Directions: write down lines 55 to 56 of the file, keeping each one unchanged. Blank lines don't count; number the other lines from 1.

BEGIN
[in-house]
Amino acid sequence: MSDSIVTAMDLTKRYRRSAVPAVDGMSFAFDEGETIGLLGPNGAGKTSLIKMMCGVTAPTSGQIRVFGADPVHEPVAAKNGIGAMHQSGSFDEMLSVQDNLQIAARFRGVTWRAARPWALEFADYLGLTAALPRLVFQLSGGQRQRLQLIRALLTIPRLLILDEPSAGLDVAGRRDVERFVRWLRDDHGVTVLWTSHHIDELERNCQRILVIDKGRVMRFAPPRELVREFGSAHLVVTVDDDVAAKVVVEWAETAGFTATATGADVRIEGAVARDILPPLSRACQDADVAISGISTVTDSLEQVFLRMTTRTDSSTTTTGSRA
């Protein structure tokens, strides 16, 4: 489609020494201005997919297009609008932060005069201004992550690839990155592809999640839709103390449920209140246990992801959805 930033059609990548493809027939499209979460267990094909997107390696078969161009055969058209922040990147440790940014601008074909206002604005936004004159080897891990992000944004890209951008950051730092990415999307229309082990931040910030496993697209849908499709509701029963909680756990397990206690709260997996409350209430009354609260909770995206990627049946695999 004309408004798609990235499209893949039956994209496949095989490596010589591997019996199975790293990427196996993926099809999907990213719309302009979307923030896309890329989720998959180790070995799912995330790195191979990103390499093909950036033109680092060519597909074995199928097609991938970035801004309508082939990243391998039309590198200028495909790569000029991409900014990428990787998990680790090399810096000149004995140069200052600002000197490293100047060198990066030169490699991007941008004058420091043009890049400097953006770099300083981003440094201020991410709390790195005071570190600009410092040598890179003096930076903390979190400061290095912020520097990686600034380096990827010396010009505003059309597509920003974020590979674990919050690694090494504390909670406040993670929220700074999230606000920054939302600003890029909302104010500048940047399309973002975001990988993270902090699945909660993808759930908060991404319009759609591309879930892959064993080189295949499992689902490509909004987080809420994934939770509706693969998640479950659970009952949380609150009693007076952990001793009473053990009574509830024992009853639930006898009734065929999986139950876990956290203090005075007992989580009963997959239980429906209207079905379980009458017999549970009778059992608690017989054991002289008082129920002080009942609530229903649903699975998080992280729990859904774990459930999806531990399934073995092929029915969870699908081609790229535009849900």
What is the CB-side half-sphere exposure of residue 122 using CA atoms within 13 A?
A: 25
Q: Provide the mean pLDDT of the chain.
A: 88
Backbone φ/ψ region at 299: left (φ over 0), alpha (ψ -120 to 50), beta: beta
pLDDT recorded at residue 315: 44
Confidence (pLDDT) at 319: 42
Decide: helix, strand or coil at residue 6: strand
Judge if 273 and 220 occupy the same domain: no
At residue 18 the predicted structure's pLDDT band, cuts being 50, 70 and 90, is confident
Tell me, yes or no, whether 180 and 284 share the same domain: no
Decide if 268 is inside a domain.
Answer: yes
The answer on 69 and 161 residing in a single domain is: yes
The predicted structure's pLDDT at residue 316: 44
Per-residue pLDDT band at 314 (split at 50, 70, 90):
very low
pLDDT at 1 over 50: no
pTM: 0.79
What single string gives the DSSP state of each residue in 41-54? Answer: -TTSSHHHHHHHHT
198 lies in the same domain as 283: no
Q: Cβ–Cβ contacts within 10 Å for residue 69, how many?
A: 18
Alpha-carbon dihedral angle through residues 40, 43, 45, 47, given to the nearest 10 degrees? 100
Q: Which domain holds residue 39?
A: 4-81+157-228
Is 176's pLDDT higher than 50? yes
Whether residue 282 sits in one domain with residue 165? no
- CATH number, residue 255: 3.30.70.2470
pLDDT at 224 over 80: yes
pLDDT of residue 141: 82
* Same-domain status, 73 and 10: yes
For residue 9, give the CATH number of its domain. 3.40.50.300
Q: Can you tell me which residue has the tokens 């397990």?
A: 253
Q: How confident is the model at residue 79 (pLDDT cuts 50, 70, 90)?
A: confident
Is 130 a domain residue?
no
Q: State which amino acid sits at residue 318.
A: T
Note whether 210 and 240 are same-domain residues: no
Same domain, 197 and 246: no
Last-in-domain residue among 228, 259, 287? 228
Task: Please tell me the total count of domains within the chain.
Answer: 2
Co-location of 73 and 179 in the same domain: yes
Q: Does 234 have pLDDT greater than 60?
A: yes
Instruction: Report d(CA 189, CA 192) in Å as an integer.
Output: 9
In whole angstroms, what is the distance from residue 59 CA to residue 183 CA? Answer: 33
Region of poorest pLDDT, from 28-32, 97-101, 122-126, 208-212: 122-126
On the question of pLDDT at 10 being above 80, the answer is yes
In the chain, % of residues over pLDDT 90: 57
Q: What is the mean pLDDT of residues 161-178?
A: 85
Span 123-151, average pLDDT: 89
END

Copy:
In whole angstroms, what is the distance from residue 59 CA to residue 183 CA? Answer: 33
Region of poorest pLDDT, from 28-32, 97-101, 122-126, 208-212: 122-126